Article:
I haven’t posted in a long time, but that’s only because I’ve been very busy ‘preparing’ for this post. And when I say preparing, I mean enjoying tasty Filipino pamahaw (snacks).
This isn’t the first time I’ve posted about how Food is Love in the Philippines. Also, it’s unlikely to be the last time. Because it’s a big deal.
In the US, as snack is usually something simple- a bag of chips, a piece of fruit, etc. In the Philippines a snack, though it can be simple, encompasses a much more broad range. The typical rule of thumb is, if it’s not served with a side of rice, it’s a snack.
Most days in my office things slow down around 10am as vendors arrive in the municipal hall with a selection of native sweet treats. Some are baked, like puto, a sweet rice flour muffin, often with a small slice of cheese baked into the center. Many, like Ibos, make use of glutenous (sticky) rice and some combination of coconut and brown sugar. Others, have a similar flavor, but use cassava (extra sticky) instead of rice.
Last weekend, at a Filipino heritage event, I even got to try making some native snacks myself! Below you can see part of the process of making Nilopak nga Saging. Cooked banana, young coconut, and brown sugar are added to the giant wooden mortar and pestle and mashed into a paste, then formed into balls. Nilopak nga Cassava and Baibai are made in a similar way, swapping out the banana for cassava or rice flour.
Of course, fruit is a popular snack item as well, changing with the seasons. Right now, it’s mango time, with both the extra sweet Carabao mango, and the tougher more citrus-y Indian variety. Both are eaten ripe, or unripe with either salt of fermented shrimp paste (it’s grown on me). But, in 9 months I’ve gotten to try all kinds of fruits, many I’ve never heard of like rambutan, marang, lanzones, chico, and pamelo.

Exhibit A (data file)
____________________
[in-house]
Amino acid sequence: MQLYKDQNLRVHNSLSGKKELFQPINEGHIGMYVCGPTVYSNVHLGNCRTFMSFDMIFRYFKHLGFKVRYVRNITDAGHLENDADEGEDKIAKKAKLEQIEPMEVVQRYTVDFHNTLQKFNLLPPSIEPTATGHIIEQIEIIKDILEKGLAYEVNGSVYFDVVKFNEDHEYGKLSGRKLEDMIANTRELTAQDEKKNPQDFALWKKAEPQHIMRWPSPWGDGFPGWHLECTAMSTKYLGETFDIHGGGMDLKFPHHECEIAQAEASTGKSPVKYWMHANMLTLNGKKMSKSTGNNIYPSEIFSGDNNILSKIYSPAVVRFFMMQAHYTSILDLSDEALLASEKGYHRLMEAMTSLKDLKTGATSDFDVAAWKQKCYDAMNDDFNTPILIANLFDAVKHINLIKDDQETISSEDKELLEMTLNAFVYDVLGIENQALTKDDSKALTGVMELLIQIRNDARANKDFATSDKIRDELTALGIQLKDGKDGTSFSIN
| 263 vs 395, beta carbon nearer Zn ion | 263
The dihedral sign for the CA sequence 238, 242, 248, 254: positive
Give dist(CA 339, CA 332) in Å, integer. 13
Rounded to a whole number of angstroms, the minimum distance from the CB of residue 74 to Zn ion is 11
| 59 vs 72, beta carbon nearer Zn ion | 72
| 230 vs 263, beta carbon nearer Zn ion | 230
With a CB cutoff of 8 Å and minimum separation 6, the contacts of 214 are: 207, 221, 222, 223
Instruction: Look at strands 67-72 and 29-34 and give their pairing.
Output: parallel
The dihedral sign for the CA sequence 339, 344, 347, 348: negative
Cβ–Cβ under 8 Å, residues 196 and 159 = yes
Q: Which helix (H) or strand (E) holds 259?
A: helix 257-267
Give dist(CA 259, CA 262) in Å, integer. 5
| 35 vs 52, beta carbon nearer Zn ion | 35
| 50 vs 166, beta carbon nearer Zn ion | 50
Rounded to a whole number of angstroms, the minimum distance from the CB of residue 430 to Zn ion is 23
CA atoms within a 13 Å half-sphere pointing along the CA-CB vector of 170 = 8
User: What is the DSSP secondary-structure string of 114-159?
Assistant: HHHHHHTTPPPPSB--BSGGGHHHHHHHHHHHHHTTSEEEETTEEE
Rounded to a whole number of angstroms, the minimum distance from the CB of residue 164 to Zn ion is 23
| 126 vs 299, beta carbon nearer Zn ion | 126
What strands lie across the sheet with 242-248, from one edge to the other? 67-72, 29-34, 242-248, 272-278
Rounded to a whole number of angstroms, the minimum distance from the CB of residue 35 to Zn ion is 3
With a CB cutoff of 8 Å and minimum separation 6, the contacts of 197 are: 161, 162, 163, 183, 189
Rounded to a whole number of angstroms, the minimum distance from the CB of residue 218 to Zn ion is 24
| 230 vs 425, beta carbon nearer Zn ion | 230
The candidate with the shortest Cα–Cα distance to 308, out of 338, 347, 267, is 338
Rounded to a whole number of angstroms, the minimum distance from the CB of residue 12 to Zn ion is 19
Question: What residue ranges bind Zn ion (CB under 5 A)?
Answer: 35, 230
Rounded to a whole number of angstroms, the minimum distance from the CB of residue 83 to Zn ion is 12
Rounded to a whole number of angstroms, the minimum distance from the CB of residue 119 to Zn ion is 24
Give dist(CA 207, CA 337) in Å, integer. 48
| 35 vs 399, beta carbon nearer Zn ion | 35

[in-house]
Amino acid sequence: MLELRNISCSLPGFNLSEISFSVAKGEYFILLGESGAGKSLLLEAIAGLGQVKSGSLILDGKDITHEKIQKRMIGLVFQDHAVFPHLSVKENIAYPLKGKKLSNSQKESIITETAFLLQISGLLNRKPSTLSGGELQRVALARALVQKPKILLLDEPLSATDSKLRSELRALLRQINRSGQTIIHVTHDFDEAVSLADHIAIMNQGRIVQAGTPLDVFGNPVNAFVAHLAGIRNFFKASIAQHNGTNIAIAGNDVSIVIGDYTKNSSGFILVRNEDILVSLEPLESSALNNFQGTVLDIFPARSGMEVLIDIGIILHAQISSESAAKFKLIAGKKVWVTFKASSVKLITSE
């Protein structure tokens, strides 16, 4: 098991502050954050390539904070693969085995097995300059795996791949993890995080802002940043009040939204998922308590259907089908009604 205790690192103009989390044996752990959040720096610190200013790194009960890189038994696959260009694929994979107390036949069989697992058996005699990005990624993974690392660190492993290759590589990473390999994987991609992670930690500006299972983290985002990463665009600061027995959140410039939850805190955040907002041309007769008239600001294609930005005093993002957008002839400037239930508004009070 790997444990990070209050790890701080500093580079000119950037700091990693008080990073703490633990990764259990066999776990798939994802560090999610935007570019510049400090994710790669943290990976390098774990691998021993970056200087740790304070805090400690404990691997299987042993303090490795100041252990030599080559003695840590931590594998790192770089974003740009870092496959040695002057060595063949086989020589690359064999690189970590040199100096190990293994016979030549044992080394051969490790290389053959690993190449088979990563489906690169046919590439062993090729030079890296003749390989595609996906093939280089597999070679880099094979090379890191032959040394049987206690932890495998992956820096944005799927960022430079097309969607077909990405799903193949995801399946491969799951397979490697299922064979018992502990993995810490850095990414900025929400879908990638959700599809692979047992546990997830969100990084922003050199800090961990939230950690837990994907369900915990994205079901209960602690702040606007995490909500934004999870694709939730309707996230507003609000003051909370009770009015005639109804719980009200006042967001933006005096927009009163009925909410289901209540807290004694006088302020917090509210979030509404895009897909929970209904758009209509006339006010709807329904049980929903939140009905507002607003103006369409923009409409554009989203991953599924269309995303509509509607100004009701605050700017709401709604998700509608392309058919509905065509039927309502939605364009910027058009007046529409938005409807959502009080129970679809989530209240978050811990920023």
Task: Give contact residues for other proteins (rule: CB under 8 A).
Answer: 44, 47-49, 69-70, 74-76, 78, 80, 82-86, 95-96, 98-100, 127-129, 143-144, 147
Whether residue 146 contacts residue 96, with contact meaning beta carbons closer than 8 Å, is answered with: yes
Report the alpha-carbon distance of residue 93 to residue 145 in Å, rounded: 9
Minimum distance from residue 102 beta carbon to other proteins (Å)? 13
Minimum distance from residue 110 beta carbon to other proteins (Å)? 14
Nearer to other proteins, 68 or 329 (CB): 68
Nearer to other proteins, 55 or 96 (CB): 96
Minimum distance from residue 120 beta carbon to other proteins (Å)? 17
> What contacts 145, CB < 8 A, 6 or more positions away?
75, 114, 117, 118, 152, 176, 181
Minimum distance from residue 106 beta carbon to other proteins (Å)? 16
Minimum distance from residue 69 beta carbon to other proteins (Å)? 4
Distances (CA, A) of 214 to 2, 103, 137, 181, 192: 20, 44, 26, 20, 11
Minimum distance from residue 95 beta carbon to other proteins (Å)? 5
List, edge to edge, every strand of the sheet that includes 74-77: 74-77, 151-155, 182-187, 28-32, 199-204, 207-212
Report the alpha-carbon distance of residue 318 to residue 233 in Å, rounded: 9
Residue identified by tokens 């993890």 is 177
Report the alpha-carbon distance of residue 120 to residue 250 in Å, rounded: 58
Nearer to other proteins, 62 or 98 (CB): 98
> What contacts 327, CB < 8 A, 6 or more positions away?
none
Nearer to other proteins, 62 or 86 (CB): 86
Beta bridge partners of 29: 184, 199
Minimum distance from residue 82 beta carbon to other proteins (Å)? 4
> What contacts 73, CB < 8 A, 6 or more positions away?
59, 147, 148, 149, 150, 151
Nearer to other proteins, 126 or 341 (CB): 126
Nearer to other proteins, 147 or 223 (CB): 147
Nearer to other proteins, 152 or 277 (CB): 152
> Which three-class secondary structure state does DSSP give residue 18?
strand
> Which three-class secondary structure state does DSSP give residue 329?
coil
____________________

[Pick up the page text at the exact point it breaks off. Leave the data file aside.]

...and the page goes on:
The second snack rush of the day starts around 3pm. A dependable go-to is some pancit noodles with bread. At first, I questioned the noodle sandwich, but I’ve been converted. Pizza and/or sweet spaghetti works too.
On an especially hot day, or one without a functioning AC, cold treats are the way to go. For 15 pesos (30 cents), you can get a shake in your choice of mango, coconut, or avocado. Some days, someone may spring for a 3-in-1 carton of ice cream. But, there’s no Neapolitan here. It’s chocolate, ube, and either cheese, mango, or pandan. Finally there is the Filipino king of frozen desserts, Halo-Halo (mean mix-mix), shaved ice with condensed milk, ice cream, sweet beans, fruit, leche flan, coconut jelly, and often more.
Of course there are plenty more snacks worth discussing (the famous balut, malunggay pan de sal, fish crackers, deep-friend quail eggs, boiled/roasted peanuts, corn-on-the-cob, etc) but I’d like to end this post with my #1: BananaQ. It’s maybe the best food ever made. Best made with saba (a firm, but still sweet variety of banana), it’s coated in brown sugar, fried, and served warm on the stick. Unfortunately, it doesn’t seem to photograph well.